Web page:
Day Trading in HK

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  1. #11

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    Oops, my bad. Thanks for clarifying that!

    I think I'm leaning too much on my anecdotal experience in the States. Overall, HK seems far superior when it comes to connectivity.

    Cheers.

    Last edited by jahoga; 29-01-2008 at 09:58 AM.

  2. #12

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    Quote Originally Posted by MrMoo:
    That's incorrect too. Japan is on the major backbones, Hong Kong has to connect through it. On top of that many ISPs in Hong Kong are too cheap to connect directly to Japan and instead go through Taiwan: hence the big issue with the earthquake previously.
    That's rubbish too. You really shouldn't pontificate like that when you clearly don't know what you're talking about.

    The cables that were broken in the sub-sea earthquake in the Straits of Luzon (the stretch of water between Taiwan and the Philippines) were all the main cables going to Japan and thence across the Pacific from Hong Kong and points south. The cables between Hong Kong and Japan go through that route and then up east of Taiwan because of the subsea terrain and because the alternative route up the west coast of Taiwan is far too prone to disruption due to fishing, ships' anchors and so on, and (historically at least) was subject to potential political problems in the event of repair ships needing to get access to the area.

    Go here: REACH Global Services Limited and click on "Network/Coverage" to educate yourself about where submarine cables run.
    Last edited by PDLM; 29-01-2008 at 10:32 AM.

  3. #13

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    Quote Originally Posted by PDLM:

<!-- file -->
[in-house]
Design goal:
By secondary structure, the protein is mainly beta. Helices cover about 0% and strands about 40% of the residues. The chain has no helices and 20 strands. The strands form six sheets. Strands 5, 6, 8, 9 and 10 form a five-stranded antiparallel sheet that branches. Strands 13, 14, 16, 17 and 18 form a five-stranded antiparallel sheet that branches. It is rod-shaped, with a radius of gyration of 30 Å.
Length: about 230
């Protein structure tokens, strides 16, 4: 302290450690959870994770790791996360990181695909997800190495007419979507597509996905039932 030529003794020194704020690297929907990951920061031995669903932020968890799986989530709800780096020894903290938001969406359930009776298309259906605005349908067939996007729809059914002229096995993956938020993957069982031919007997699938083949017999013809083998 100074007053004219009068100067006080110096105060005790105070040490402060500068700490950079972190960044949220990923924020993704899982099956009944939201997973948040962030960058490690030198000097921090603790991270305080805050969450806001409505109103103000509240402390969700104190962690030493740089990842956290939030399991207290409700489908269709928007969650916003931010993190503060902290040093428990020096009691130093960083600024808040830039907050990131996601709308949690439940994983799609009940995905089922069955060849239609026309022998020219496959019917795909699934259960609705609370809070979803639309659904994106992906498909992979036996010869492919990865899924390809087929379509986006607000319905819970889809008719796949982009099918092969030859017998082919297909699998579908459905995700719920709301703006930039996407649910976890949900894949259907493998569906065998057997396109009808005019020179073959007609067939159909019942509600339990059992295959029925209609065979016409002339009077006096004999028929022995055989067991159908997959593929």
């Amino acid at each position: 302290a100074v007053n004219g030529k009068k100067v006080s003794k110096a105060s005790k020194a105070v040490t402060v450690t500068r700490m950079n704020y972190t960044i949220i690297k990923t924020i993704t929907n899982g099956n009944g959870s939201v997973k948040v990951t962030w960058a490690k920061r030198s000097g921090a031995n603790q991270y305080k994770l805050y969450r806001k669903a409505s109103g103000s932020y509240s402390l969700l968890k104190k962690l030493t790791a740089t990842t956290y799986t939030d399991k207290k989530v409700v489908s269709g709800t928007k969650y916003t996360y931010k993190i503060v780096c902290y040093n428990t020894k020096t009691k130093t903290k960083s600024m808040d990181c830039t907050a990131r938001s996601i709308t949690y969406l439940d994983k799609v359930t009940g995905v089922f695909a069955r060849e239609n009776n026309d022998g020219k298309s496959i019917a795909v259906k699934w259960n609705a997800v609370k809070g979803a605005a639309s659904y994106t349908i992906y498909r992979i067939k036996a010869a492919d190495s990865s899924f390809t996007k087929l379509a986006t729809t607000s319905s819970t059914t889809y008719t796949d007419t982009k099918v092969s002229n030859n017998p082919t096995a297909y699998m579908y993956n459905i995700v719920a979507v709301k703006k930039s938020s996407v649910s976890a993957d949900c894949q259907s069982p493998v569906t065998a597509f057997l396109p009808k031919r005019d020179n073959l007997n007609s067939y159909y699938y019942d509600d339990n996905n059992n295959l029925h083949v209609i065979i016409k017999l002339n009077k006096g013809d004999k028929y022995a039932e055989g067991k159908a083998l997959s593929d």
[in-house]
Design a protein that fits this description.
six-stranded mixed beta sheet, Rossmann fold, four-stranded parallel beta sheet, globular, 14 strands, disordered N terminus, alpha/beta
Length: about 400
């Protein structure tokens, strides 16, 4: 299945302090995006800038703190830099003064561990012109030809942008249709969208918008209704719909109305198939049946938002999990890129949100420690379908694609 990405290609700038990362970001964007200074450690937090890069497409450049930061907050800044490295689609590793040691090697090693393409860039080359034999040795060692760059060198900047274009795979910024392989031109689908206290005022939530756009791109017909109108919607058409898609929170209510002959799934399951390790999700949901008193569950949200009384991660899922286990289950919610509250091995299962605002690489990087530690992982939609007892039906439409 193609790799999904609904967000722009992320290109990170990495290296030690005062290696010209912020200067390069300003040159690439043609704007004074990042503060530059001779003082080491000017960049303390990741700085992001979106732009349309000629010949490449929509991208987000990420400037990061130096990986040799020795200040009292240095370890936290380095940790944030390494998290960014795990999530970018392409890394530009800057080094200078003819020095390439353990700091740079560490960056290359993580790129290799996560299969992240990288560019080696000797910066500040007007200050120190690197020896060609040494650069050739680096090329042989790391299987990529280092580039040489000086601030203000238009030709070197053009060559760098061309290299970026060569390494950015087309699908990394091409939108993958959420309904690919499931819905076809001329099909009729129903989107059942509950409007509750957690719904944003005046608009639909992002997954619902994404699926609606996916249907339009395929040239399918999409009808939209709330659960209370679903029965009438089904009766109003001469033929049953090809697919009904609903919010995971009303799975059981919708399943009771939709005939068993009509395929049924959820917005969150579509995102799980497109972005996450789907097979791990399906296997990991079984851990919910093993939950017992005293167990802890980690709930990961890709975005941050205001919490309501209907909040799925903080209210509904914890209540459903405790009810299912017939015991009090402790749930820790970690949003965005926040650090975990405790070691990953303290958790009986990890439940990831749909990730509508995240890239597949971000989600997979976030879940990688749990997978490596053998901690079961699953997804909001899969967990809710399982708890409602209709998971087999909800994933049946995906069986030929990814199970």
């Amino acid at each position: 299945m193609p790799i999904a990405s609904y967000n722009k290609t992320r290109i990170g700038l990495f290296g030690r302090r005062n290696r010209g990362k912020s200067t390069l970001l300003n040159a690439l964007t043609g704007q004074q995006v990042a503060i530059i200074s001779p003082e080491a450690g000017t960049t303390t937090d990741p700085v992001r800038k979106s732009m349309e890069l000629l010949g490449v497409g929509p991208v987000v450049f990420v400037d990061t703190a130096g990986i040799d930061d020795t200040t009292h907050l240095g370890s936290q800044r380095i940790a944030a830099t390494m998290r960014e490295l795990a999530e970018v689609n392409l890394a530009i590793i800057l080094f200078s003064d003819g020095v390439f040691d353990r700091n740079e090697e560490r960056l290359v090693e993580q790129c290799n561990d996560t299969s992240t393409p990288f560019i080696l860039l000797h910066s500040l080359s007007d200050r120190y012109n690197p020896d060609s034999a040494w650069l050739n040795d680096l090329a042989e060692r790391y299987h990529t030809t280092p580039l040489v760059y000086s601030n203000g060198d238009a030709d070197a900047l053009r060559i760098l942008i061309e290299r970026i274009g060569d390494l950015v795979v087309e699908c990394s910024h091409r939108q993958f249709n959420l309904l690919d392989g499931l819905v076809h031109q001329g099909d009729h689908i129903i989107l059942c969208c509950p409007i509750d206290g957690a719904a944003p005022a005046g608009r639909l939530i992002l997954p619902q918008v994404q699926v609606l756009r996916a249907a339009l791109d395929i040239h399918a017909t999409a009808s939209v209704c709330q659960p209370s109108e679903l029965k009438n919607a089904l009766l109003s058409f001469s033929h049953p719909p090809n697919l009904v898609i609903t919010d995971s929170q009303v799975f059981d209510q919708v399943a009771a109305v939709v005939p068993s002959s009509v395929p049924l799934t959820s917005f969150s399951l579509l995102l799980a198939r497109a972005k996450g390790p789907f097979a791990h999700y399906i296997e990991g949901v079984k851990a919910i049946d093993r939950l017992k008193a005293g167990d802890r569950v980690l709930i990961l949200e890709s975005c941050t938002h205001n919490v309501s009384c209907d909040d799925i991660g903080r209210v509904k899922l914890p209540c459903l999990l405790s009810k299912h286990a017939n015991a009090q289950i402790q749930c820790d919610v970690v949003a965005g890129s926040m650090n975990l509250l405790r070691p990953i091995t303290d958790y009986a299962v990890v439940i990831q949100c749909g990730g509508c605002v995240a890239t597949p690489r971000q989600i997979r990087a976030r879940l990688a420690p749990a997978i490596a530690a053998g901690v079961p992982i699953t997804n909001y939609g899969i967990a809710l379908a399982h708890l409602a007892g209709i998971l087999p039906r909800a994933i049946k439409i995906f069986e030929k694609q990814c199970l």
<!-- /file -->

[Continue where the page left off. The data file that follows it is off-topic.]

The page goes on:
That's rubbish too.
    The news reporting conveys opposite information, and you haven't provided evidence to the contrary.

    Mapping Strategy details that all the links to Taiwan were severed but only some of the cables through to Hong Kong may have been effected.

    This means that if a Hong Kong ISP routed through Taiwan then 100% they would have no connectivity. If they physically connected to Japan they might not have been disconnected. There is a reference to a ZDnet article stating "two of seven" cables were disrupted".

  4. #14

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    I'm too busy at the moment to give you a crash course in submarine networks, but start here: OFTA, Office of the Telecommunications Authority, Hong Kong
    and with slides 2 & 3 here: http://www.ofta.gov.hk/en/speech-pre...20070208_1.pdf


  5. #15

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    So the actual number was 6/7 cables broken. I stand corrected.

    Interestingly though Asia Netcom re-routed some traffic successfully within 12 hours of the disaster. The entire presentation linked is about HK Telcos lack of backup plans and redundant connections though.

    The solution for China in this case is the new direct link to the US, and presumably HK ISPs will try to set up backup links up through Shanghai.


  6. #16

    Pccw

    Wow.. this thread has completely derailed from my original question but thanks fellas.. Ha


  7. #17

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    We're good at that, and getting better all the time!